Nobody wants to pay for food delivery — Quartz

Ultra-fast delivery startups fold or leave the marketsleaving the stage as quickly as they had arrived.

Another sign of potential turbulence for these unprofitable companies? Those that remain continue to rely on giving users gifts. So far, they haven’t been able to convince customers to pay the full delivery cost in 15 minutes or less. And while more established delivery players like Uber have been able to rely less on discounts in a pivot to profitability, super-fast delivery startups are trying to grow in a volatile market in which investors and customers are increasingly reluctant to open their wallets. .

Nearly 30% of delivery orders from GoPuff, which is the largest superfast delivery player in the United States, were discounted in April, according to data from YipitData, a research firm.

The share of delivered orders is higher outside the United States. For example, Getir, a Turkish super-fast delivery startup, has more than 80% of its orders discounted in countries like Germany and France, according to YipitData.

Tech stocks have fallen over the past three months, prompting investors to prioritize earnings. In response, companies are changing the way they do business. For example, Uber rides and restaurant deliveries have become more expensive. (Unlike new superfast delivery startups, established delivery players like Uber have been able to pull discounts to show investors a clearer path to profitability.)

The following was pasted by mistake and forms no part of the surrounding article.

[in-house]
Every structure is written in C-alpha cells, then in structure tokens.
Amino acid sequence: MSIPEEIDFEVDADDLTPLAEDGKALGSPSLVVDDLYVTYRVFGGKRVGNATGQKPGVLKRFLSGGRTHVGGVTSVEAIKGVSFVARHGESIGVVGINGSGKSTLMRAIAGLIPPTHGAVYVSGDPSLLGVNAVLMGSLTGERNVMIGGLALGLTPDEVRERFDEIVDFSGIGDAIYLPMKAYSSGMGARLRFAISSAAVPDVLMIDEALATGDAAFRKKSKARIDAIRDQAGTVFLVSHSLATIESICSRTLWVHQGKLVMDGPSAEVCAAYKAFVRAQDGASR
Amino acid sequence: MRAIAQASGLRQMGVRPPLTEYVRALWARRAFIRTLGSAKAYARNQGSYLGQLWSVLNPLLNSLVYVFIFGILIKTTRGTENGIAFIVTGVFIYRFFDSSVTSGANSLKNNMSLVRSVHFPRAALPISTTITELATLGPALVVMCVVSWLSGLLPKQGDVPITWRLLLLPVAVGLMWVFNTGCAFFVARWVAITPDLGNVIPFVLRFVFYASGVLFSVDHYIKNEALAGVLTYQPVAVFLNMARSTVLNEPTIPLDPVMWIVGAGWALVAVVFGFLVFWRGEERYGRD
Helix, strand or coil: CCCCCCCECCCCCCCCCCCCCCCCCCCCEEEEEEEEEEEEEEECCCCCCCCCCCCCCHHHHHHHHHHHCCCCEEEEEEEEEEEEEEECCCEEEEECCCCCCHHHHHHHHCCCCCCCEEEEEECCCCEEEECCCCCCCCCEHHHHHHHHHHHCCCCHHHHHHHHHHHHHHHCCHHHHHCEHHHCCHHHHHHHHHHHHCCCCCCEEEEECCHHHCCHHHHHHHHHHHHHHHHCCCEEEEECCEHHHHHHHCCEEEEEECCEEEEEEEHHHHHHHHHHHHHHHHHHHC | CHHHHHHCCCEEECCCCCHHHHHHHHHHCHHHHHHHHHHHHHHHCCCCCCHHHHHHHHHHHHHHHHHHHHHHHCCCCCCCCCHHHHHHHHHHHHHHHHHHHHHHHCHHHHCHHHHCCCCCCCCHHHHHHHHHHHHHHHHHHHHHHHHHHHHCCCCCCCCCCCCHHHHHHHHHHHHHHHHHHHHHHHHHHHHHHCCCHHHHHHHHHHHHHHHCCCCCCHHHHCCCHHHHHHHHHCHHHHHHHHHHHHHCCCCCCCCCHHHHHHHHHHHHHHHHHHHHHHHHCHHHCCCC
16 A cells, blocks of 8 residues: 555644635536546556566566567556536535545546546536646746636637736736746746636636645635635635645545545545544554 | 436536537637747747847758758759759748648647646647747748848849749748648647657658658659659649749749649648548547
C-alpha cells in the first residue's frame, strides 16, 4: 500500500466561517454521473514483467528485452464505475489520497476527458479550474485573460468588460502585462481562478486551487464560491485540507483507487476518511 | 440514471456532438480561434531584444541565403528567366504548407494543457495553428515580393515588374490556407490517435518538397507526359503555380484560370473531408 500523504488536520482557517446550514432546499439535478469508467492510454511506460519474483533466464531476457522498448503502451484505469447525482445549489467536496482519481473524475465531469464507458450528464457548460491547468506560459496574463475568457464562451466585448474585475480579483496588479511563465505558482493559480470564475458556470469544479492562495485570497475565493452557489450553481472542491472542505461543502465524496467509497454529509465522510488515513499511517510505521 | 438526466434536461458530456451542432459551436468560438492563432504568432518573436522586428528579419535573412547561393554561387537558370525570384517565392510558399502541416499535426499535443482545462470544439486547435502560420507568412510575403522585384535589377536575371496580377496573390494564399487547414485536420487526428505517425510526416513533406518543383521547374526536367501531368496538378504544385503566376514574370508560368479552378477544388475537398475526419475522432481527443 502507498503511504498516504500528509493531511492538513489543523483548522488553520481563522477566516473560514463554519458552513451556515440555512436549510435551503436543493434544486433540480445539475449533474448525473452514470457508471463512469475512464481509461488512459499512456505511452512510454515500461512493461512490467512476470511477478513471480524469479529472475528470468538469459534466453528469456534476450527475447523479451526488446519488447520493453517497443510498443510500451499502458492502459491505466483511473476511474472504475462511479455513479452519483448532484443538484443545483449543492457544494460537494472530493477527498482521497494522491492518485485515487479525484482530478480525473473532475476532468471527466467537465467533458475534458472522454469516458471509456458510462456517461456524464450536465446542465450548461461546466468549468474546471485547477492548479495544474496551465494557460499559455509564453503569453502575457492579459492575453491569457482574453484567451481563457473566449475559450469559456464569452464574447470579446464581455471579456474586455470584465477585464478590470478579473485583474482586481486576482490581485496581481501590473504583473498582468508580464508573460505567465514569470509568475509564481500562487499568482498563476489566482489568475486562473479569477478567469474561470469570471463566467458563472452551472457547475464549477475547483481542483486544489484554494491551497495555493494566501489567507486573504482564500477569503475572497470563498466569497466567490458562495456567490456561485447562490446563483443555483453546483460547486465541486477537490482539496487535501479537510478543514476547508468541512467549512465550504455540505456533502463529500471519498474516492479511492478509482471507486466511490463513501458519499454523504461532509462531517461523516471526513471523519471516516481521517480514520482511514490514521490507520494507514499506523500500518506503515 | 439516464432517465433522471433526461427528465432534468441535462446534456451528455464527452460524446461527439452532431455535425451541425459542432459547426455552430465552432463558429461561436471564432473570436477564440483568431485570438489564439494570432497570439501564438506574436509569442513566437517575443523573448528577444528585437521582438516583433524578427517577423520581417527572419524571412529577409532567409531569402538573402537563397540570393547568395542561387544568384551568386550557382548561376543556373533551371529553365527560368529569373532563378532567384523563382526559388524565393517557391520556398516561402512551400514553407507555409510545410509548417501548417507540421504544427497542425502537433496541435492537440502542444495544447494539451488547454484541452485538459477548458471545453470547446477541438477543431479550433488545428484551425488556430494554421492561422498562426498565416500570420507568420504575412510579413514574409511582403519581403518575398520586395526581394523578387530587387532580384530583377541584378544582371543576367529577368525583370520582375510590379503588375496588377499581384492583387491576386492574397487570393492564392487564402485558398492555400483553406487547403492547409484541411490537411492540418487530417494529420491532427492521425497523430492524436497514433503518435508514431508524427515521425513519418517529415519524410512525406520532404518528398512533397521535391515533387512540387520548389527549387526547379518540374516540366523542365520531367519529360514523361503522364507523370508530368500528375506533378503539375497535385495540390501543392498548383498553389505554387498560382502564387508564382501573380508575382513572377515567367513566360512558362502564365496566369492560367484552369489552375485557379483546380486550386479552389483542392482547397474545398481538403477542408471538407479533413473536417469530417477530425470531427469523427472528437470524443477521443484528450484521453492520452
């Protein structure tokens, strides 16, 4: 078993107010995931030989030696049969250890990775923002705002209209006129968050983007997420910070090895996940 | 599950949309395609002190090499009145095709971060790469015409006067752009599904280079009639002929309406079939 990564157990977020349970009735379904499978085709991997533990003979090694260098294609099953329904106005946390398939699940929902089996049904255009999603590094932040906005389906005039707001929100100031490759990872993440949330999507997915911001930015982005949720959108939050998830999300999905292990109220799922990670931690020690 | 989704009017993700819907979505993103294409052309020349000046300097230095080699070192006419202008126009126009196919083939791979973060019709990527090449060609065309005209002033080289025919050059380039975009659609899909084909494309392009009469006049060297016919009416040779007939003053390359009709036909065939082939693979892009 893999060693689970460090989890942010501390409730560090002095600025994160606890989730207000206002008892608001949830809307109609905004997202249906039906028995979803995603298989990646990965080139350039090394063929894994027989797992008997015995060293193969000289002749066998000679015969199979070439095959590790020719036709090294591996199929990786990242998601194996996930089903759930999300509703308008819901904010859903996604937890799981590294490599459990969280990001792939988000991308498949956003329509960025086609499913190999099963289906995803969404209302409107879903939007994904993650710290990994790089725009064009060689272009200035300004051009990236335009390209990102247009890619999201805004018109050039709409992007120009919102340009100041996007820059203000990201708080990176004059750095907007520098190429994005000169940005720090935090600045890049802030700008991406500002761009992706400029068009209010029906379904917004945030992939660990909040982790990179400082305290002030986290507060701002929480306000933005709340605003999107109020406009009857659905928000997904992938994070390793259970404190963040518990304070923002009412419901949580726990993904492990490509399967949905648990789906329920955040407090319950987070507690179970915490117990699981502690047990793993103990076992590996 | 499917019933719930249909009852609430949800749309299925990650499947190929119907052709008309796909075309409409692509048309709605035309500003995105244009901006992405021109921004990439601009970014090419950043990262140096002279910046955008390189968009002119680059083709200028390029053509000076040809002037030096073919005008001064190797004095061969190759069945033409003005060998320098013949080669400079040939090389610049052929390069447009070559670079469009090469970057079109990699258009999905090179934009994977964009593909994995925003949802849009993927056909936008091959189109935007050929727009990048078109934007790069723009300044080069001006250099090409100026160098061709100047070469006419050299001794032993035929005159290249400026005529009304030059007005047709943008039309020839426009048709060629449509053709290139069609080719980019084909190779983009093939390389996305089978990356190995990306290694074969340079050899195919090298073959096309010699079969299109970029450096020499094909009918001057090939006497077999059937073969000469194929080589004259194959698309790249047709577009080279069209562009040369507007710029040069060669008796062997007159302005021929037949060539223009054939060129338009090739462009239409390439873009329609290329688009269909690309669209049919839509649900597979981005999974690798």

Attracting customers with cheap Uber rides and food delivery

Discounts are a way for scale-dependent delivery businesses to quickly attract and retain customers. Over time, as more and more orders come from customers who have worked with the companies for a while, the discount percentage should drop, said Daniel McCarthy, an assistant professor of marketing at Emory University. For fast delivery companies, the fact that the share of discounts remains high implies a less clear path to profitability.

“There’s way too much money that’s been poured into this industry,” said Mathias Schilling, founding partner of Headline, a venture capital firm that invested in GoPuff. “Six months ago it was the best and amazing thing… and now everything is negative. This extreme exuberance of the people is like ridiculous.

The rapid growth of ultra-fast delivery companies

Over the past couple of years, as the demand for delivery skyrocketed, super-fast delivery services with abstract names – Buyk, Getir, Jokr – appeared on the scene. Venture capitalists invested $28 billion in fast delivery globally, more than double the amount in 2019, according to data from research firm PitchBook.

Like Uber’s playbook, these companies, with venture capital funding, quickly spent money to break into new markets and attract and retain customers with cheap services. Bigger services like GoPuff, Gorillas and Getir relied on high order volumes and a change in consumer buying habits to achieve profitability, said PitchBook analyst Alex Frederick.

But the model works best when markets are stable and venture capital funding is plentiful, he added.

It is difficult to make money in food delivery because the money is split between the retailer or restaurant, the food delivery company and the worker. It’s even harder for faster delivery, as it requires the hiring of workers as employees and often does not come with a minimum order. This allows a customer to order a pint of ice cream to be delivered in 15 minutes, a costly loss for super-fast delivery companies.

The question now is whether these companies will be able to withstand such losses, at a time when financing is more difficult to come by, or will they follow in the footsteps of the old fast delivery companies that sprung up during the consumer boom. dot com front go out of business.